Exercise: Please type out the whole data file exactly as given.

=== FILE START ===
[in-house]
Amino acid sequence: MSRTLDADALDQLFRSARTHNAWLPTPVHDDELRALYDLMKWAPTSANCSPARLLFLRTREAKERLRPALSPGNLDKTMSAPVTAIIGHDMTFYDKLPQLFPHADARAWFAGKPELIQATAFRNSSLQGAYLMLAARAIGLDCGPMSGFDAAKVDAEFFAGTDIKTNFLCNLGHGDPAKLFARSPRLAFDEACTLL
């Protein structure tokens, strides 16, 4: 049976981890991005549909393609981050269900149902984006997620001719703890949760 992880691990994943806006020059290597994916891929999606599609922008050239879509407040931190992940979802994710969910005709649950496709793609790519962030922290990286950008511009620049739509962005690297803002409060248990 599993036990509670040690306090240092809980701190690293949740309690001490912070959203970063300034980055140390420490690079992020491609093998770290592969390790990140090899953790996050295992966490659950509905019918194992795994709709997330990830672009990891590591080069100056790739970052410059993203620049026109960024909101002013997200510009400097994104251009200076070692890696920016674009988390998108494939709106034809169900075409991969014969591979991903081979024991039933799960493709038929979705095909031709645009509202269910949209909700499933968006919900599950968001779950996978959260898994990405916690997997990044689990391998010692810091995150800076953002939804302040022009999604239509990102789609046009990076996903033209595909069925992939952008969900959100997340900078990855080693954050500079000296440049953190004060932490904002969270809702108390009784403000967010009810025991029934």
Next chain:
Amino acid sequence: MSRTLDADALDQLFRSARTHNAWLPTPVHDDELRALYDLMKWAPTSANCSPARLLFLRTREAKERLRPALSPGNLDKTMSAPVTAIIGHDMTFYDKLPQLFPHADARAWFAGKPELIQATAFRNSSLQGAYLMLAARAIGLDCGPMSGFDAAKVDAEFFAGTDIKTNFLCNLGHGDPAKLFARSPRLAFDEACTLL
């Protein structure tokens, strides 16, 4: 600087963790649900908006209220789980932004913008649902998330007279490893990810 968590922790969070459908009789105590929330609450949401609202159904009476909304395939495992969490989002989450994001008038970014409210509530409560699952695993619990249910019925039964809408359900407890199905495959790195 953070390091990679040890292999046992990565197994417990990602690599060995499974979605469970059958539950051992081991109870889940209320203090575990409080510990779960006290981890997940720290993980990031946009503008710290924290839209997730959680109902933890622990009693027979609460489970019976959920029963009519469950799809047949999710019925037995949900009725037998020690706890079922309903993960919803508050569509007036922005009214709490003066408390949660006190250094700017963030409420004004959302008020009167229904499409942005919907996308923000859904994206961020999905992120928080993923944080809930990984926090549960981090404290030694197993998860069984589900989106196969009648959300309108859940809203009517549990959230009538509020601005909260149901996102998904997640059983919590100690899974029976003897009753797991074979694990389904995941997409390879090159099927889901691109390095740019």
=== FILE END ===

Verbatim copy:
[in-house]
Amino acid sequence: MSRTLDADALDQLFRSARTHNAWLPTPVHDDELRALYDLMKWAPTSANCSPARLLFLRTREAKERLRPALSPGNLDKTMSAPVTAIIGHDMTFYDKLPQLFPHADARAWFAGKPELIQATAFRNSSLQGAYLMLAARAIGLDCGPMSGFDAAKVDAEFFAGTDIKTNFLCNLGHGDPAKLFARSPRLAFDEACTLL
């Protein structure tokens, strides 16, 4: 049976981890991005549909393609981050269900149902984006997620001719703890949760 992880691990994943806006020059290597994916891929999606599609922008050239879509407040931190992940979802994710969910005709649950496709793609790519962030922290990286950008511009620049739509962005690297803002409060248990 599993036990509670040690306090240092809980701190690293949740309690001490912070959203970063300034980055140390420490690079992020491609093998770290592969390790990140090899953790996050295992966490659950509905019918194992795994709709997330990830672009990891590591080069100056790739970052410059993203620049026109960024909101002013997200510009400097994104251009200076070692890696920016674009988390998108494939709106034809169900075409991969014969591979991903081979024991039933799960493709038929979705095909031709645009509202269910949209909700499933968006919900599950968001779950996978959260898994990405916690997997990044689990391998010692810091995150800076953002939804302040022009999604239509990102789609046009990076996903033209595909069925992939952008969900959100997340900078990855080693954050500079000296440049953190004060932490904002969270809702108390009784403000967010009810025991029934």
Next chain:
Amino acid sequence: MSRTLDADALDQLFRSARTHNAWLPTPVHDDELRALYDLMKWAPTSANCSPARLLFLRTREAKERLRPALSPGNLDKTMSAPVTAIIGHDMTFYDKLPQLFPHADARAWFAGKPELIQATAFRNSSLQGAYLMLAARAIGLDCGPMSGFDAAKVDAEFFAGTDIKTNFLCNLGHGDPAKLFARSPRLAFDEACTLL
């Protein structure tokens, strides 16, 4: 600087963790649900908006209220789980932004913008649902998330007279490893990810 968590922790969070459908009789105590929330609450949401609202159904009476909304395939495992969490989002989450994001008038970014409210509530409560699952695993619990249910019925039964809408359900407890199905495959790195 953070390091990679040890292999046992990565197994417990990602690599060995499974979605469970059958539950051992081991109870889940209320203090575990409080510990779960006290981890997940720290993980990031946009503008710290924290839209997730959680109902933890622990009693027979609460489970019976959920029963009519469950799809047949999710019925037995949900009725037998020690706890079922309903993960919803508050569509007036922005009214709490003066408390949660006190250094700017963030409420004004959302008020009167229904499409942005919907996308923000859904994206961020999905992120928080993923944080809930990984926090549960981090404290030694197993998860069984589900989106196969009648959300309108859940809203009517549990959230009538509020601005909260149901996102998904997640059983919590100690899974029976003897009753797991074979694990389904995941997409390879090159099927889901691109390095740019």